According to Yonhap:
North Korea imported an unusually massive amount of silver from China in January, possibly in relation to leader Kim Jong-un’s birthday that month, sources and China’s customs office said Thursday.
Data from China’s customs office showed that North Korea imported 661.71 kilograms of Chinese silver for US$653,128 in January.
The monthly import is unusually enormous given that the North took in only $77,593 worth of precious metal and other jewels for the whole of 2012. The corresponding amount for 2011 was $57,000.
Before January this year, the North had hardly spent more than $10,000 on monthly imports of such goods, according to the data.
Given the leader’s birthday on Jan. 8, North Korea watchers said the massive amount of imported silver may have been used to produce silverware souvenirs to celebrate the leader’s birthday.
“It’s difficult to assume the exact purpose of the silver imports,” a source said. Given that late leader Kim Jong-il used to bring in foreign brand luxury sedans and expensive watches to treat the country’s top echelon on major holidays, the bulk of silver imported in January may have been used for similar purposes, the source said.
Backing this assumption, the customs data also showed that the North imported an unusually large amount of costume jewelry worth $10,447 in the same month.
A reader points out this Daily NK story hypothesizing that the silver could have been used in batteries:
As such, there are suspicions that the recent North Korean decision to import more than 600kg of silver through China was done to facilitate the production of batteries for submersible production.
A North Korean military source told Daily NK on the 4th, “The [North Korean] Navy has been producing submersibles at every shipyard on their east and west coasts ever since the attack on the Cheonan in 2010.”
According to the inside source, prior to the Cheonan sinking such vessels were produced at one shipyard, the disguised ‘Bongdae Boiler Factory’ in Sinpo, South Hamkyung Province, at a rate of five per year. However, following the sinking of the Cheonan that rate went up four times to 16 per year, as the vessels started being produced across multiple shipyards including Yongampo, Chongjin and Rajin.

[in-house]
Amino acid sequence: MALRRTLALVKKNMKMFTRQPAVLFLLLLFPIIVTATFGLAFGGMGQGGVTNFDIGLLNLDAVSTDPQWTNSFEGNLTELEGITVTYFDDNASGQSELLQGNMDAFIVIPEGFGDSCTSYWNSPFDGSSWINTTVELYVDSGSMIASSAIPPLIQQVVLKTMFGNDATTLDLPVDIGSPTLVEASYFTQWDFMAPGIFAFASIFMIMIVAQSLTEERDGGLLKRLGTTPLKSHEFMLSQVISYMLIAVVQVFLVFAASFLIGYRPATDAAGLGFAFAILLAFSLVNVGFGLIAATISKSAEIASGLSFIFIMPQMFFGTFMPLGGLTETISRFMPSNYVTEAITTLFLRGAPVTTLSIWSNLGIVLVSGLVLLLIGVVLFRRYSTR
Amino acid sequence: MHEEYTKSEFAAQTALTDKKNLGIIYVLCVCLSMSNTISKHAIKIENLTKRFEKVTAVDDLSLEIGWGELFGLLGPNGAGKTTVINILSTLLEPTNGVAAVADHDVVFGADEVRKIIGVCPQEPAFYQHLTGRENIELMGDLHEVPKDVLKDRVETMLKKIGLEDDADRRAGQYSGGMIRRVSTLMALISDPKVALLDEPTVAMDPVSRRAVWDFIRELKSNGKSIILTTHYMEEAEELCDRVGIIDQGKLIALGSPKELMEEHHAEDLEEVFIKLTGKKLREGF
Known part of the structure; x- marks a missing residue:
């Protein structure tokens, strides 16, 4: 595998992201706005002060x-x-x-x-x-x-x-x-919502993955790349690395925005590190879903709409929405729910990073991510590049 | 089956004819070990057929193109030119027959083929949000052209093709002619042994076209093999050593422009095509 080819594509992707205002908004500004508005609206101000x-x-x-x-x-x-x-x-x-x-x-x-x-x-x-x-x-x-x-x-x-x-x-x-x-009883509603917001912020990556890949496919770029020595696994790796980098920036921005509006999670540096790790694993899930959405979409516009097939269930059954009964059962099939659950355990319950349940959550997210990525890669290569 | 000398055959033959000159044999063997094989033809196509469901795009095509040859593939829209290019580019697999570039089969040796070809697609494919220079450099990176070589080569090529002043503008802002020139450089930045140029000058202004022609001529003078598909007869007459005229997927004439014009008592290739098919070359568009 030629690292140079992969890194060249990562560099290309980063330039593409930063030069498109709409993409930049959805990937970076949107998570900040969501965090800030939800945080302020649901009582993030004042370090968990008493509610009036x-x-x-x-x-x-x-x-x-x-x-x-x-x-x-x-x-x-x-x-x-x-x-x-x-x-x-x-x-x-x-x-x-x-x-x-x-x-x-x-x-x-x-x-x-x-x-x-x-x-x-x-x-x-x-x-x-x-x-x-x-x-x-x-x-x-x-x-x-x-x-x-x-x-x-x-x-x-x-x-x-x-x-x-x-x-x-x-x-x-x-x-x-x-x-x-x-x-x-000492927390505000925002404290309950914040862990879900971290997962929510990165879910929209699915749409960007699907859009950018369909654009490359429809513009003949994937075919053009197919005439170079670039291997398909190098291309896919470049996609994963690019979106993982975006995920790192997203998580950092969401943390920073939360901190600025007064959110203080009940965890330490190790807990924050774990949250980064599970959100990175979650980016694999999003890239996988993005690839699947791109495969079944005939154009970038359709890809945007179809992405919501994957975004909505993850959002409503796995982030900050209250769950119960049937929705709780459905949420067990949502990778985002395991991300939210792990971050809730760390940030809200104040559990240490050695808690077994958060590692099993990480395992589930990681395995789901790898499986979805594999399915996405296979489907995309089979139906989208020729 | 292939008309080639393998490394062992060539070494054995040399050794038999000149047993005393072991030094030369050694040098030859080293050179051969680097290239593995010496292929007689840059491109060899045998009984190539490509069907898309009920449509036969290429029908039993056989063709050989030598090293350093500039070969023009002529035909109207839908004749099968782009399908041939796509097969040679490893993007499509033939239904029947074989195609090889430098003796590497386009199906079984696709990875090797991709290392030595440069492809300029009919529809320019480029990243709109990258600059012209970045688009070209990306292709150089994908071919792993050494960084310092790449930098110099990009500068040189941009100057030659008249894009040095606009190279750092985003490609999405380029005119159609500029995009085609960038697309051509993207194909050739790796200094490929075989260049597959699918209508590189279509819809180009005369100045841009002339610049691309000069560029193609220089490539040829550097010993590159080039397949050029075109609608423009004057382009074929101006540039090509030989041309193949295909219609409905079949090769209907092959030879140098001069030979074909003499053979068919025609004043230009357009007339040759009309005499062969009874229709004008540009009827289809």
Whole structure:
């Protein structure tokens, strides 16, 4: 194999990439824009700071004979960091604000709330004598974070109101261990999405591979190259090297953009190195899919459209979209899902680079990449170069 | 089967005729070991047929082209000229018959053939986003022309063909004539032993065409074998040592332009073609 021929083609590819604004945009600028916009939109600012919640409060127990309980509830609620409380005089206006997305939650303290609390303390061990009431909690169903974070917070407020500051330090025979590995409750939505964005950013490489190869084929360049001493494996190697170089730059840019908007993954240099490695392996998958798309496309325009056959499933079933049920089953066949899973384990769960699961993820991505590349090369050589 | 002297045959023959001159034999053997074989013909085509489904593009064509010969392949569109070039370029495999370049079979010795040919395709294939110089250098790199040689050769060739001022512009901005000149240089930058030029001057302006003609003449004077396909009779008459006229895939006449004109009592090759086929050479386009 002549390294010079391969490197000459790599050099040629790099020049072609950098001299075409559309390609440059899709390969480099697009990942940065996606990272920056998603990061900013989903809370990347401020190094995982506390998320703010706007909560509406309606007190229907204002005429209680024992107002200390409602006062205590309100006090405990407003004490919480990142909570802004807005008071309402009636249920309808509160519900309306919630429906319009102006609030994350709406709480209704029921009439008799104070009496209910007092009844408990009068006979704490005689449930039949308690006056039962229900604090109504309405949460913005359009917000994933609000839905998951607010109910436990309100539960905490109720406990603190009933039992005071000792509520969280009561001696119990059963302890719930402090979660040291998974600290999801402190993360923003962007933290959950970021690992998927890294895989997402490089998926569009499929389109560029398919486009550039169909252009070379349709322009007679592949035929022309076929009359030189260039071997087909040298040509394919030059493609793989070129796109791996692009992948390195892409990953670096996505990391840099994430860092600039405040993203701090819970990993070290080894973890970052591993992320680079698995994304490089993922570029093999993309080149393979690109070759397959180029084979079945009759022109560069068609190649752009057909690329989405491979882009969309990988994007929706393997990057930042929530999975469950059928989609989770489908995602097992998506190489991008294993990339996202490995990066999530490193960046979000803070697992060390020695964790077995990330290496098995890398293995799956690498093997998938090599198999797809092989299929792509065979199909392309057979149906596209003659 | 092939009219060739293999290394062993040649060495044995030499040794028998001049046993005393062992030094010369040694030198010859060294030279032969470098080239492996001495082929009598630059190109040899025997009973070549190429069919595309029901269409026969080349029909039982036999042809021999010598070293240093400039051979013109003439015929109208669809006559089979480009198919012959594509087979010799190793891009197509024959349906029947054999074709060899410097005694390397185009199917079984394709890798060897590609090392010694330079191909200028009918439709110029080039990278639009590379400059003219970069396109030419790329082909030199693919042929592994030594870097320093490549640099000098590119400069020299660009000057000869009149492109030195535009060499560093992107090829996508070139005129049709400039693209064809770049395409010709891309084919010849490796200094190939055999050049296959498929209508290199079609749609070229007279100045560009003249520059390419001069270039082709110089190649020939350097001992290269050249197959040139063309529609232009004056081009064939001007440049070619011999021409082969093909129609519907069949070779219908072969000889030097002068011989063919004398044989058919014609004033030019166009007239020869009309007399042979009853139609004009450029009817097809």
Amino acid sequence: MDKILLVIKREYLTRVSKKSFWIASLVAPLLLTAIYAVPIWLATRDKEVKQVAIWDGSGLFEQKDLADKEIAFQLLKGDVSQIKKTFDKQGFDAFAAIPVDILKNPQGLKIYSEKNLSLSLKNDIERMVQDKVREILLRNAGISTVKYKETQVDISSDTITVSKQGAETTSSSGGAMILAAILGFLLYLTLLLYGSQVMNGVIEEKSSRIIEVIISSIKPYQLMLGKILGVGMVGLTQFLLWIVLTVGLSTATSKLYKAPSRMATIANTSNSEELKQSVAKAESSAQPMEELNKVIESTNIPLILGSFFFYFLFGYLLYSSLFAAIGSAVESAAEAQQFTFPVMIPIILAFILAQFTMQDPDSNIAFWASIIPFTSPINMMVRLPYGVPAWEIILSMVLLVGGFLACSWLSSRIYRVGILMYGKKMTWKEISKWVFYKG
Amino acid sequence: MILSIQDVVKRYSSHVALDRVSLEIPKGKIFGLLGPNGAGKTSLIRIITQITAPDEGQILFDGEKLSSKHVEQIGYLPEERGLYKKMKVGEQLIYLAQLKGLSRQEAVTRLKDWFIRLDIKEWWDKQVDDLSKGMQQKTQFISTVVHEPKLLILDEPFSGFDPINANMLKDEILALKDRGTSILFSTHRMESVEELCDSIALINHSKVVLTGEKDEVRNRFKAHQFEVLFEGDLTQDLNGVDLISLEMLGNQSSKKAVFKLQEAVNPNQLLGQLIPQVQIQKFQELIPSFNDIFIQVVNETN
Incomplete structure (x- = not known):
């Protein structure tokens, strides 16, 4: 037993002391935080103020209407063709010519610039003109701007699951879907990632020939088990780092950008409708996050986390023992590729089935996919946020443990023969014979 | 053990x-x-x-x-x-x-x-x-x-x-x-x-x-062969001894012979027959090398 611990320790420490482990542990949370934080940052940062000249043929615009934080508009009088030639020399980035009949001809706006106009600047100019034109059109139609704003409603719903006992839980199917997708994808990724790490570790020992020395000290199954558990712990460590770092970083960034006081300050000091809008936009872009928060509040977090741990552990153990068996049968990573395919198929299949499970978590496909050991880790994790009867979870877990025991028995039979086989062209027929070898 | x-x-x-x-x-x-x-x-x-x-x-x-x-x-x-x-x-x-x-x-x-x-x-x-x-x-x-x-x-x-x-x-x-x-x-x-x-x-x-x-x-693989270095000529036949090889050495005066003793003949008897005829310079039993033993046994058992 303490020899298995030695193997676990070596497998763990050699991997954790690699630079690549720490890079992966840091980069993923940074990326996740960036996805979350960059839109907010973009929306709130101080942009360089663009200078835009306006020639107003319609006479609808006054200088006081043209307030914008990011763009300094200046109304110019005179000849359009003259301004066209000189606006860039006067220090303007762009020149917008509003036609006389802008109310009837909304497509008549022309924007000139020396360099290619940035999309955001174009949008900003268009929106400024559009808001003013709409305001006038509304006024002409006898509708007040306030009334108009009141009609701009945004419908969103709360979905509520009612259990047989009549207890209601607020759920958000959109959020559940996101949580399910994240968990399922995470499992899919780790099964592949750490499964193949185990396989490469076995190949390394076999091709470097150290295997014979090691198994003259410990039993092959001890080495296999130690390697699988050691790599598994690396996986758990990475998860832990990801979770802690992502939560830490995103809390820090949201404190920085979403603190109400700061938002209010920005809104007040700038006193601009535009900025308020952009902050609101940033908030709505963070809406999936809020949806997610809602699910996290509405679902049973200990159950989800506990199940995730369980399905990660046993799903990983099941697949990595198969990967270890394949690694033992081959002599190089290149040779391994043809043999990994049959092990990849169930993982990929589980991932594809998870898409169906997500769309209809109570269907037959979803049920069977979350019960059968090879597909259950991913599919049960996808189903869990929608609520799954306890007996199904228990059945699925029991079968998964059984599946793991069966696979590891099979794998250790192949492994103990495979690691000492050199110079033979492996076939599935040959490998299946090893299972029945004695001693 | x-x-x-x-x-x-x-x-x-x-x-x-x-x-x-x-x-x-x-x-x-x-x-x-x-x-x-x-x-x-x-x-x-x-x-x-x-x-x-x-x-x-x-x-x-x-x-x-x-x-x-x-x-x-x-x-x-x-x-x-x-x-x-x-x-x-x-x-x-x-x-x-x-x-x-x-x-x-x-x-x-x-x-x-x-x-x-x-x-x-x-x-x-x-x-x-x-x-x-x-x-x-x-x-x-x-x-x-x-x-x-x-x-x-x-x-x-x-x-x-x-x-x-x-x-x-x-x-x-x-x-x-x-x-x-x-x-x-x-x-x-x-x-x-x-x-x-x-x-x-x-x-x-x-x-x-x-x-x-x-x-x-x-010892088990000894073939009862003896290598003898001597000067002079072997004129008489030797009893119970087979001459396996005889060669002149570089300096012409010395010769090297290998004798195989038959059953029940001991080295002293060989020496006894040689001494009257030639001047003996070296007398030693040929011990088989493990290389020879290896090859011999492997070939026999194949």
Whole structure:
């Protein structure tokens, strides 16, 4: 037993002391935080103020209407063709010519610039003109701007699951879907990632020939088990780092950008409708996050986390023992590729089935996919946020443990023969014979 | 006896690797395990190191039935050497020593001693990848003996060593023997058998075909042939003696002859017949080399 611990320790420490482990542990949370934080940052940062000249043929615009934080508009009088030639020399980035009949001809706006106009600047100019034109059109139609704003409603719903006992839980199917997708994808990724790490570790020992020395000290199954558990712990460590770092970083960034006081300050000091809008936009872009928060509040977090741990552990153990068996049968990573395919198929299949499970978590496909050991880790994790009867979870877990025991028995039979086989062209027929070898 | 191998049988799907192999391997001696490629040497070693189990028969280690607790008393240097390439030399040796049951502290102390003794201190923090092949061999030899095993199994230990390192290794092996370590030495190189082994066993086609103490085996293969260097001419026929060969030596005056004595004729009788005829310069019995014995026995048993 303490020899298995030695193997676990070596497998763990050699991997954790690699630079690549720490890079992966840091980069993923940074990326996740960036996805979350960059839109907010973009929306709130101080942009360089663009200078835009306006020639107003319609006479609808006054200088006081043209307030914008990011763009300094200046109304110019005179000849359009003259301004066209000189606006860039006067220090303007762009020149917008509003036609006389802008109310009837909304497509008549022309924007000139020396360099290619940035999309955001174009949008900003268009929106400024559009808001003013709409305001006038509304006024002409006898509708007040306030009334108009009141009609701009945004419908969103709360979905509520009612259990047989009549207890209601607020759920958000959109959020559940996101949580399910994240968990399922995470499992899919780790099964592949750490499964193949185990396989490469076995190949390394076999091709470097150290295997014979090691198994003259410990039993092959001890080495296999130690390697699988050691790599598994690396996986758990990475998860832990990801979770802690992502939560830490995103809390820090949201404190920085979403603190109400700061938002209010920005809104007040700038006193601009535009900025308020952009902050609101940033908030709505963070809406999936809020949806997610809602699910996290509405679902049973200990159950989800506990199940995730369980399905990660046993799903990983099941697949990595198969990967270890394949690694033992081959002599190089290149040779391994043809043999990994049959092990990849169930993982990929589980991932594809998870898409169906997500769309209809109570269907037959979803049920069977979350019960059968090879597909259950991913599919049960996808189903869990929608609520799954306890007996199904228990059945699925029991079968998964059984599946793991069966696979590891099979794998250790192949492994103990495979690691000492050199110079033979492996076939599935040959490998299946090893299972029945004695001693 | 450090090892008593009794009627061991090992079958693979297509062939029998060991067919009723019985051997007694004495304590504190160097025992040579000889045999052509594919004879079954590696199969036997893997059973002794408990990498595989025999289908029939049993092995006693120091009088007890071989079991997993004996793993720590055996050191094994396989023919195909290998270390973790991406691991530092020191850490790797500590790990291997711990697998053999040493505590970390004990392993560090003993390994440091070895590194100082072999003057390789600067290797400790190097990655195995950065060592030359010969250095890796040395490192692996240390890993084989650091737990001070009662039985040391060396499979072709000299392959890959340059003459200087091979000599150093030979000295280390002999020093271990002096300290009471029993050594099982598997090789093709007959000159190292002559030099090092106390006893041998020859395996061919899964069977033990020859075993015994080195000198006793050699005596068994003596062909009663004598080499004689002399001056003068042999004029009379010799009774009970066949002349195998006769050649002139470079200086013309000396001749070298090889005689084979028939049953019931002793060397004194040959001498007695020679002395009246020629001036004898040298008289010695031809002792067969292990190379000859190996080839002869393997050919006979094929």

The source explained, “The reason why the North Korean authorities are increasing production of this kind of submersible that can fire torpedoes is to maximize their underwater attack capacity. The subs can take 12 to 15 soldiers yet still sink destroyers weighing thousands of tons with their twin torpedoes.”
“The engines noise on the submersibles is very quiet, making them able to approach their targets underwater in secret, while it is impossible to trace crimes such as the Cheonan incident,” the source went on, adding that during North Korean military training exercises they also emphasize the essential nature of the subs.
The rising production is pushing up demand for batteries, the source then went on to add, saying that this required the bulk production of both silver and zinc. “All the silver produced in North Korea is supplied to the shipyards,” he claimed.
The source admitted to being confused, therefore, at North Korea’s recent decision to import 660kg of silver from China, declaring, “There is lots of silver being produced in North Korea, so it’s hard to say why they are importing it from China…I suppose it may have been just that more batteries were being produced so they needed more silver.”
Read the full stories here:
N. Korea imports massive amount of Chinese silver in Jan.: data
NK Producing More Silvery Subs